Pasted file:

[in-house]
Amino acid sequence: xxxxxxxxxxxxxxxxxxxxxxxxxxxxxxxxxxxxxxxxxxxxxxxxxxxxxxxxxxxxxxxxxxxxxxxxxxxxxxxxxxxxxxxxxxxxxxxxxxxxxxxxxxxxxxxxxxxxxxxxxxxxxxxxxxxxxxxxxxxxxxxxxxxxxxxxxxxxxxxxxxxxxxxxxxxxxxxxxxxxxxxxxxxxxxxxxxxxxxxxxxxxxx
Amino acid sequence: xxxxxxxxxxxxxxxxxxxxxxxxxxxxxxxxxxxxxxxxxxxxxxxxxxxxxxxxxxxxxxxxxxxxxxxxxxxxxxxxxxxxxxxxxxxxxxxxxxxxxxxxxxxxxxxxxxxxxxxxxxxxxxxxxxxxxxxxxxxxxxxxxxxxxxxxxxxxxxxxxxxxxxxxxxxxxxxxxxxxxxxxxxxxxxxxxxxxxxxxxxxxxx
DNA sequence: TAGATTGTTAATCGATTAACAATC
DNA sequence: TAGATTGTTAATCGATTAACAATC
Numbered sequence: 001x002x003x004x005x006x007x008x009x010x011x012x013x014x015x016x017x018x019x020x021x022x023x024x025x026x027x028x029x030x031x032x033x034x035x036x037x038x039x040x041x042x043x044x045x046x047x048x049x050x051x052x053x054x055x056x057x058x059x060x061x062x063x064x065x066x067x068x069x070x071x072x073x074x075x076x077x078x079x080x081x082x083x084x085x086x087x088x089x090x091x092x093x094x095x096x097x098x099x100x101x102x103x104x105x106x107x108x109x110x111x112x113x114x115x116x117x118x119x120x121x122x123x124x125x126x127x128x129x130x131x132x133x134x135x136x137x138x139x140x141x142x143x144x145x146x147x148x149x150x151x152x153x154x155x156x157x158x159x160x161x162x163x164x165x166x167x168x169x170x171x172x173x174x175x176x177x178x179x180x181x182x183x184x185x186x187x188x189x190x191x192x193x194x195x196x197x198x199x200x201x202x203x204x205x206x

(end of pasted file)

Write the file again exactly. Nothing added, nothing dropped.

[in-house]
Amino acid sequence: xxxxxxxxxxxxxxxxxxxxxxxxxxxxxxxxxxxxxxxxxxxxxxxxxxxxxxxxxxxxxxxxxxxxxxxxxxxxxxxxxxxxxxxxxxxxxxxxxxxxxxxxxxxxxxxxxxxxxxxxxxxxxxxxxxxxxxxxxxxxxxxxxxxxxxxxxxxxxxxxxxxxxxxxxxxxxxxxxxxxxxxxxxxxxxxxxxxxxxxxxxxxxx
Amino acid sequence: xxxxxxxxxxxxxxxxxxxxxxxxxxxxxxxxxxxxxxxxxxxxxxxxxxxxxxxxxxxxxxxxxxxxxxxxxxxxxxxxxxxxxxxxxxxxxxxxxxxxxxxxxxxxxxxxxxxxxxxxxxxxxxxxxxxxxxxxxxxxxxxxxxxxxxxxxxxxxxxxxxxxxxxxxxxxxxxxxxxxxxxxxxxxxxxxxxxxxxxxxxxxxx
DNA sequence: TAGATTGTTAATCGATTAACAATC
DNA sequence: TAGATTGTTAATCGATTAACAATC
Numbered sequence: 001x002x003x004x005x006x007x008x009x010x011x012x013x014x015x016x017x018x019x020x021x022x023x024x025x026x027x028x029x030x031x032x033x034x035x036x037x038x039x040x041x042x043x044x045x046x047x048x049x050x051x052x053x054x055x056x057x058x059x060x061x062x063x064x065x066x067x068x069x070x071x072x073x074x075x076x077x078x079x080x081x082x083x084x085x086x087x088x089x090x091x092x093x094x095x096x097x098x099x100x101x102x103x104x105x106x107x108x109x110x111x112x113x114x115x116x117x118x119x120x121x122x123x124x125x126x127x128x129x130x131x132x133x134x135x136x137x138x139x140x141x142x143x144x145x146x147x148x149x150x151x152x153x154x155x156x157x158x159x160x161x162x163x164x165x166x167x168x169x170x171x172x173x174x175x176x177x178x179x180x181x182x183x184x185x186x187x188x189x190x191x192x193x194x195x196x197x198x199x200x201x202x203x204x205x206x